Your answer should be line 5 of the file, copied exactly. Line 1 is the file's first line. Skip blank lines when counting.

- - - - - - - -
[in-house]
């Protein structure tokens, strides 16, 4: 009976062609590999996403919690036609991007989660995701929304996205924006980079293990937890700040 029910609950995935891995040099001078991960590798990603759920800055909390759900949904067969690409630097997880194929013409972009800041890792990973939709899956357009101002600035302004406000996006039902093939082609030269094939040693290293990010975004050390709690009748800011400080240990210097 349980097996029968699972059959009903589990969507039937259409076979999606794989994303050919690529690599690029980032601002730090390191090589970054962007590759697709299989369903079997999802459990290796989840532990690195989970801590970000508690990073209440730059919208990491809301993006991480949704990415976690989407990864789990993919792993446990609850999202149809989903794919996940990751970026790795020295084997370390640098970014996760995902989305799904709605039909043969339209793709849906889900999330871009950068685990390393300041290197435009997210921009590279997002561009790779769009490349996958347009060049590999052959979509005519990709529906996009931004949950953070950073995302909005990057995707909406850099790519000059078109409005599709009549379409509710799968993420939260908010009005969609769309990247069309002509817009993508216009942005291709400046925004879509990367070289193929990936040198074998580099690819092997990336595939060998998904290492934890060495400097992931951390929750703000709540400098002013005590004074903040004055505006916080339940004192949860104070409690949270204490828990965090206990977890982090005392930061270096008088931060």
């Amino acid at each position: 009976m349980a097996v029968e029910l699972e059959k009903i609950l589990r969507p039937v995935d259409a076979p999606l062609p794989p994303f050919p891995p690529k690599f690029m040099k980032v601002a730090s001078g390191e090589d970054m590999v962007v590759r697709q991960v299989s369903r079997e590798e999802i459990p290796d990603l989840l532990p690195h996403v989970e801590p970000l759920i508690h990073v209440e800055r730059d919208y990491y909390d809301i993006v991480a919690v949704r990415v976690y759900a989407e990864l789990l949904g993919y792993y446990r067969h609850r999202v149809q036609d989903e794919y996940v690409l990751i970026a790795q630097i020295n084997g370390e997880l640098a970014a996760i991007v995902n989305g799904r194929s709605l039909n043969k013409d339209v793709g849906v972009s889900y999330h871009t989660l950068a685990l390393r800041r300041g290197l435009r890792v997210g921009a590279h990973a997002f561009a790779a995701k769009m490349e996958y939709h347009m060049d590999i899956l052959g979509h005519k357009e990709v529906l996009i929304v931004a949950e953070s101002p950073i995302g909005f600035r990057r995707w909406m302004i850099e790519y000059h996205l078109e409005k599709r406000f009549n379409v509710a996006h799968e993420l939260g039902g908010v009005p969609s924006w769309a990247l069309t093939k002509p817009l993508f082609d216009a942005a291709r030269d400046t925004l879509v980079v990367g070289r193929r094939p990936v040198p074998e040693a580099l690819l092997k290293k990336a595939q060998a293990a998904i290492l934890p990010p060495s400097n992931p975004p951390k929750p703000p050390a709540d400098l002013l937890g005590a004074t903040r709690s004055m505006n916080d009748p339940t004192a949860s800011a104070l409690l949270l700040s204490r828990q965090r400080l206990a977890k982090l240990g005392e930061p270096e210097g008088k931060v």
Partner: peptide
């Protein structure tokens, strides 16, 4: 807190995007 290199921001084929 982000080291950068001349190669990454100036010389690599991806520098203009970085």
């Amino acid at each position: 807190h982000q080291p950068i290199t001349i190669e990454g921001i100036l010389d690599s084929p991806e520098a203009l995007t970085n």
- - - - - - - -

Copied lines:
């Protein structure tokens, strides 16, 4: 807190995007 290199921001084929 982000080291950068001349190669990454100036010389690599991806520098203009970085």